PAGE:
ERO didn’t make an error this time…
Opinion piece: Liz Gregory.
(Thoughts, opinions and view expressed here belong to Liz Gregory and may or may not represent the views of all leavers or current members).
Many thanks to the several leavers who have discussed ERO’s findings with me. I hope I have adequately conveyed your feelings in the post below:
I wrote a blog post a few months back posing the question – Did ERO make an error? I believed the answer was yes. They had up until then failed to see the problems with the Gloriavale School
But it appears they haven’t made the same mistake this time.
The Education Review Office (ERO) just publicly released its Special Review into the Gloriavale Christian School. It comes on top of three years of unrelenting and unfolding revelations about many aspects of the Gloriavale Christian Community. Leavers speaking up, recent court action, and media coverage have all increased the Government and Agency appetite to sit up and take notice.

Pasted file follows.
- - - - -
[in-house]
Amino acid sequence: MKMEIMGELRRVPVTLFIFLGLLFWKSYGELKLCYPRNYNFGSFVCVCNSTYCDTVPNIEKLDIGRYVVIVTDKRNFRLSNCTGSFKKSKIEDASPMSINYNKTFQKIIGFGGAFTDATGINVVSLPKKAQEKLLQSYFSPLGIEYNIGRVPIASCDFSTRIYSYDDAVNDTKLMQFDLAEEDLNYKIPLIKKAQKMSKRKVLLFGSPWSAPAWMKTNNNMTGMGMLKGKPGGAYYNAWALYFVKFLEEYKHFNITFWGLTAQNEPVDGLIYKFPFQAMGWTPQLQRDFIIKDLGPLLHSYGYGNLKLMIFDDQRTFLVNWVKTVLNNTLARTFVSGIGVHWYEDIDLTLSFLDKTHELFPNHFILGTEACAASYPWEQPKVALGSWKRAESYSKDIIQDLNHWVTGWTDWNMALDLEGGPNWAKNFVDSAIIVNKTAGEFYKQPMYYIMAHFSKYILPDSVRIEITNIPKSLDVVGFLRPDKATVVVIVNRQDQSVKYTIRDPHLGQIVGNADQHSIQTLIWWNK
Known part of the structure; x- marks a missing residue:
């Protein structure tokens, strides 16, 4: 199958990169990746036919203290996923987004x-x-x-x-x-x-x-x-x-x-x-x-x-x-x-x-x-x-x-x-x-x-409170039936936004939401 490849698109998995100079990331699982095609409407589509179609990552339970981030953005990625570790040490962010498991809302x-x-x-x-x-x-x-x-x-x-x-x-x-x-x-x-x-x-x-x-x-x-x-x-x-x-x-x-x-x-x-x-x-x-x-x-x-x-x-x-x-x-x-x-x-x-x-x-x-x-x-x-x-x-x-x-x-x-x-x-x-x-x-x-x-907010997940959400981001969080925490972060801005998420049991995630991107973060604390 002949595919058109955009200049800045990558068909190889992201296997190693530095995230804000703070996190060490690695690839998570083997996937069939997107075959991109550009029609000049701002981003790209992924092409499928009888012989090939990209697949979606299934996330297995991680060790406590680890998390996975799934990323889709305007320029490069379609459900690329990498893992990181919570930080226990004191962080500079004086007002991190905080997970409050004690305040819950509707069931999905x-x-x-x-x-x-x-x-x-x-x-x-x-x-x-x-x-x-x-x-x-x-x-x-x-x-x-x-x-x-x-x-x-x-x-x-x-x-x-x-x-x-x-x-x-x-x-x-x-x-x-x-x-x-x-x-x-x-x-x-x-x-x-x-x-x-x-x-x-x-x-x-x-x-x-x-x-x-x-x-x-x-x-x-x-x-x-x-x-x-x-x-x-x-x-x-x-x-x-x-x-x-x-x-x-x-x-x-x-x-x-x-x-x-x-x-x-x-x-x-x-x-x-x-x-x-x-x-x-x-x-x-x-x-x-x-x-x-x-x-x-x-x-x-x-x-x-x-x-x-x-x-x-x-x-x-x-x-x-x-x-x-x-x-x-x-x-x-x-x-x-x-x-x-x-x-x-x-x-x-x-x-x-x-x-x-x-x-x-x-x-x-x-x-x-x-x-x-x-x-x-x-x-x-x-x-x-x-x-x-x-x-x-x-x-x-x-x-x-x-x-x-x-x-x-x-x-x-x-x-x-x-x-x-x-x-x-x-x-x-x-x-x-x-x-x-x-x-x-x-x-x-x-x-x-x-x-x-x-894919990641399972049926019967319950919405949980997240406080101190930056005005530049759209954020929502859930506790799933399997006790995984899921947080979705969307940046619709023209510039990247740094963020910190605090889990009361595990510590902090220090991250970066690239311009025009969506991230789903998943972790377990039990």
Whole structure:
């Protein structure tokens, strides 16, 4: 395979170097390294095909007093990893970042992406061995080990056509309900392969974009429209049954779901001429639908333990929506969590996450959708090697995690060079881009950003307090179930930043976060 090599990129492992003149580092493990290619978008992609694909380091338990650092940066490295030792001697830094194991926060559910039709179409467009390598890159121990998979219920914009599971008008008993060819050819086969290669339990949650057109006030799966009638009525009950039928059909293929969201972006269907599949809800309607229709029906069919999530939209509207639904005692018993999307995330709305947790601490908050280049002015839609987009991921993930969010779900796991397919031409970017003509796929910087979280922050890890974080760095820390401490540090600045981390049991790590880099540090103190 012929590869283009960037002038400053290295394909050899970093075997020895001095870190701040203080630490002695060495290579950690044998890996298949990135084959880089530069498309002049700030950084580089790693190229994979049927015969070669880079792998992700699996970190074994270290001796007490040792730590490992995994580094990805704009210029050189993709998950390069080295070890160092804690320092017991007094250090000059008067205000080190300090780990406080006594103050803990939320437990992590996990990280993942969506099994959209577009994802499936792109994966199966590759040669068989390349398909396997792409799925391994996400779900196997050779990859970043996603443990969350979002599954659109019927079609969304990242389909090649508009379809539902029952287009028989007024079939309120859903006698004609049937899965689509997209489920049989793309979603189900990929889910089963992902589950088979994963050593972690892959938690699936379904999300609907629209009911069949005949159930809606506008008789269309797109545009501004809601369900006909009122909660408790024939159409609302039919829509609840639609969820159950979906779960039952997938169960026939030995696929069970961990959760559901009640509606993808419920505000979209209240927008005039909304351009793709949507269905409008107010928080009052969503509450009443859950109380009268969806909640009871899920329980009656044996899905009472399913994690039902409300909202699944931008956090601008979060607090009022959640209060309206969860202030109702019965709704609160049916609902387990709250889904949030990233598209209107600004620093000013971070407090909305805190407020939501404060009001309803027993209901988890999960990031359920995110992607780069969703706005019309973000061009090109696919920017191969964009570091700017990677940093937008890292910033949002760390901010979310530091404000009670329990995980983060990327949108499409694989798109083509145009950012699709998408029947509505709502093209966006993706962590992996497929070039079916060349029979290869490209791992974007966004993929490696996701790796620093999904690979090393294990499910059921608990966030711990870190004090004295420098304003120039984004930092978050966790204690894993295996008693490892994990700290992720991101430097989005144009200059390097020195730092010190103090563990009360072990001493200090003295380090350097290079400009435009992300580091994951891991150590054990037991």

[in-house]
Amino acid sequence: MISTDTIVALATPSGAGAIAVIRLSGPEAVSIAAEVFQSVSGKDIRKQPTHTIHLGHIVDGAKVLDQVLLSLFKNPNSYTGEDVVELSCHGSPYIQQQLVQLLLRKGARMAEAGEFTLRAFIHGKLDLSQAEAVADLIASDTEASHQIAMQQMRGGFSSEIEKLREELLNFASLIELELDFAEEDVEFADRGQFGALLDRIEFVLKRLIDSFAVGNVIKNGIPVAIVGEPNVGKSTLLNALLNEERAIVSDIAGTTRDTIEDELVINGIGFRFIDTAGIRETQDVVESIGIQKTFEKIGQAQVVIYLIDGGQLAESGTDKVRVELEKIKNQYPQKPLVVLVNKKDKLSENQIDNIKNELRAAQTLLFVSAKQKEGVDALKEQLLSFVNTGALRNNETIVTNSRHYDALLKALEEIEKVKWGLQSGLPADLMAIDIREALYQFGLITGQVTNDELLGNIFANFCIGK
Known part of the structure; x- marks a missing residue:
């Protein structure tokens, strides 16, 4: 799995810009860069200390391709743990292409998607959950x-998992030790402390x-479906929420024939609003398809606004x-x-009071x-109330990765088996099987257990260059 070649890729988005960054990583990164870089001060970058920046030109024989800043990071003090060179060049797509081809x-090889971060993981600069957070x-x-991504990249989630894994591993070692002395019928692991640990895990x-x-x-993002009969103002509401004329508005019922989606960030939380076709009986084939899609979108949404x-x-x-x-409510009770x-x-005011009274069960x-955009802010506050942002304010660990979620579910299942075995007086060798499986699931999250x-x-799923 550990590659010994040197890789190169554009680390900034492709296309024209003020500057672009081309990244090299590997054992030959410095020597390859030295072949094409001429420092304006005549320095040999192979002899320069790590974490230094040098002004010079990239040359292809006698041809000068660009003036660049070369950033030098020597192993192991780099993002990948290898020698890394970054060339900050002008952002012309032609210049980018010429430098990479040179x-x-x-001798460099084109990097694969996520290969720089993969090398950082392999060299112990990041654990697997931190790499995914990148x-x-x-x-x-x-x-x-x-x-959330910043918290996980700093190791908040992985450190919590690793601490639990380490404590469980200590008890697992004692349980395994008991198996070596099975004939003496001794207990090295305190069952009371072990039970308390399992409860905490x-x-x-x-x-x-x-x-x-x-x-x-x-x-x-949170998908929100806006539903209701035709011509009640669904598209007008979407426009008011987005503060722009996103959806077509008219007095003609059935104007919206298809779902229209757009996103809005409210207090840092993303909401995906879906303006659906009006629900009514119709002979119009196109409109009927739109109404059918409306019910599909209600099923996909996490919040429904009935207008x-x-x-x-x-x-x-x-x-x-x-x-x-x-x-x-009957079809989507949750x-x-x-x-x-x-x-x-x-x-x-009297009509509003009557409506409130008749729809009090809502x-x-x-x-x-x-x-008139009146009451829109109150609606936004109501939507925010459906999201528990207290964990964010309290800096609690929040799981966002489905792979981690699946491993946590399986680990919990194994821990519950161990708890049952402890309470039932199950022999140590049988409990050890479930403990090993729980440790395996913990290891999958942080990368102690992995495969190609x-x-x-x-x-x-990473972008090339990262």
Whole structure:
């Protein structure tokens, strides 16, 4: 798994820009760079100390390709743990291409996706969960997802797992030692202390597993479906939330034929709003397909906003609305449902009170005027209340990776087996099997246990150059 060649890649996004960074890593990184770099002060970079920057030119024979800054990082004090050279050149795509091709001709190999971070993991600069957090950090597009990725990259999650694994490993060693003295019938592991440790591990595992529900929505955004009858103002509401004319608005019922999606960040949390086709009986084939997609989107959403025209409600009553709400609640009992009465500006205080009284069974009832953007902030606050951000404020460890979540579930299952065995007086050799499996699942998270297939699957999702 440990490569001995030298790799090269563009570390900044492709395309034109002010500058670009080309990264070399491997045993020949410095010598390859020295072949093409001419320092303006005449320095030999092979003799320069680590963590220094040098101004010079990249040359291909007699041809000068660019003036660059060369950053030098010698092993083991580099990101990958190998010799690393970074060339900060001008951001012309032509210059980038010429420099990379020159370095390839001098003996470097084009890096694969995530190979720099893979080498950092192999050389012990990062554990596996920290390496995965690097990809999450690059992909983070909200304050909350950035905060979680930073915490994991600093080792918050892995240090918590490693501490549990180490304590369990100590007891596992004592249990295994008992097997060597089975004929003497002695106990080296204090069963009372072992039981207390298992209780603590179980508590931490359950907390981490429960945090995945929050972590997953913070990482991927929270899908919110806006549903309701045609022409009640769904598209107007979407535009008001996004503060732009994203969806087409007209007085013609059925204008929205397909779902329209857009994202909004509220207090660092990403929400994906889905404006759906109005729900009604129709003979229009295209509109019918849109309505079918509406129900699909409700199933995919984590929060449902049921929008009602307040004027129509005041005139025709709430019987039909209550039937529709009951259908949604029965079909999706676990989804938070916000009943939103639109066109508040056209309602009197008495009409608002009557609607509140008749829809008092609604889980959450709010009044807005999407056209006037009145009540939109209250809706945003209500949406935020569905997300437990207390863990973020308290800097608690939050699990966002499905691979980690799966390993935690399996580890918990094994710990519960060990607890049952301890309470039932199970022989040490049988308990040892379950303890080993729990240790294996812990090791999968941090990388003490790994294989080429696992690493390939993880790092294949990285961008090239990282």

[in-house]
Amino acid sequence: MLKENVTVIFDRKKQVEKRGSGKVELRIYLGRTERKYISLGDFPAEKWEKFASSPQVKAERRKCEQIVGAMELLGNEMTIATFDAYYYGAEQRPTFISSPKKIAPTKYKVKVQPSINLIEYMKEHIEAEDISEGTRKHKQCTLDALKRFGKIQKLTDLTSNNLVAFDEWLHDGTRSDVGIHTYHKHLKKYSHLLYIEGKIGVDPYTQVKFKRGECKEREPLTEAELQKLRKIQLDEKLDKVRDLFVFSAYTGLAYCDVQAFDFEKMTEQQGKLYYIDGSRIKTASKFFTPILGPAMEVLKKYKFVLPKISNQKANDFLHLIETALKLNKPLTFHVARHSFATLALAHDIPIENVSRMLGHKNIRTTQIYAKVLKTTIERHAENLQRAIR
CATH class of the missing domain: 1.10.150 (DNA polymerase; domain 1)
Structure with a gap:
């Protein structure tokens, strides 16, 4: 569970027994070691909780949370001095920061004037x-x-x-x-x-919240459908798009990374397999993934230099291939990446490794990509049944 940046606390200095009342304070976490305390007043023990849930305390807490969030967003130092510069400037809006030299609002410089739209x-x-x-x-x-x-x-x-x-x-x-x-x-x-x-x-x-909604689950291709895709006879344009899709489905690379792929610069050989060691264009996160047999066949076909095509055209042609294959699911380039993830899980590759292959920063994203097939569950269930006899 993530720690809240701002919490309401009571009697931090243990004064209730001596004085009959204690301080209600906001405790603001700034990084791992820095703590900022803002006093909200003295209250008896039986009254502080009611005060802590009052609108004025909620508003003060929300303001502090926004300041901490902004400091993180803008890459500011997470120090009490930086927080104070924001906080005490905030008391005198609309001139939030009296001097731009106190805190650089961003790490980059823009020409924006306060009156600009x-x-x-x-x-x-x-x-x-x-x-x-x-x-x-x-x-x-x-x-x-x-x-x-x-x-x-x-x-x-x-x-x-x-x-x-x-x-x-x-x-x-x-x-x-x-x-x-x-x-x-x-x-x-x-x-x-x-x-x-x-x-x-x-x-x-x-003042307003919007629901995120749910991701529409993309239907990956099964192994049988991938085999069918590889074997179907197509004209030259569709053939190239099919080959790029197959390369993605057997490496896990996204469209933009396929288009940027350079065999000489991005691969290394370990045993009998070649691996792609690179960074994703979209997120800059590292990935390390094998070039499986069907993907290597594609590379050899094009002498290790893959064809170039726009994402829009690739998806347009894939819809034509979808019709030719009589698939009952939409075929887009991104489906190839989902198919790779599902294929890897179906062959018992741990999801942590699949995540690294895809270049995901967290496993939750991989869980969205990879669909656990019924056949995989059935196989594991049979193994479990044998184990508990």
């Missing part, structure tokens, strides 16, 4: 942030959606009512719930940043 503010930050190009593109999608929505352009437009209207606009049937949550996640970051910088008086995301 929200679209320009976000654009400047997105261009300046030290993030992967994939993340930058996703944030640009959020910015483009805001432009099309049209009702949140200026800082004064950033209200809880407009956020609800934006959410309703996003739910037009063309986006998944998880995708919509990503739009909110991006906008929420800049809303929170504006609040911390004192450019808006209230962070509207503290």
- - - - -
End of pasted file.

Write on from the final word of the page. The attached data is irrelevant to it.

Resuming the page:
The school has just failed 6/8 criteria for registration as a private school. There are now so many questions that need answering.
The first one is, did they really go from “wow to blow” in three years? We’ll get to that soon.
The report was quietly added to ERO’s website 4pm last Friday. All ERO reports are available for the public to read. Did you know that? However, 4pm Friday is a “dumping time” for hot potato issues. It slows down the media’s ability to ask questions of Government officials and buys time that something more newsworthy will come up over the weekend. (Nothing can compete with the Rugby World Cup, right?!). In Govt small issues can escalate day after day if given a free run in the news, and if the mood is right by the end of bad week, people can be packing their suitcases for good. Who wants that?
Even more curious is the timing of the report right at the point of transition to a new Government. The “Special” ERO Review wasn’t announced two years ago when Police and Oranga Tamariki stood down 10 teachers for investigation. Nor was it announced 14 months ago when a bigger pile of information was given to the school and the MOE about issues around staff and teaching practice.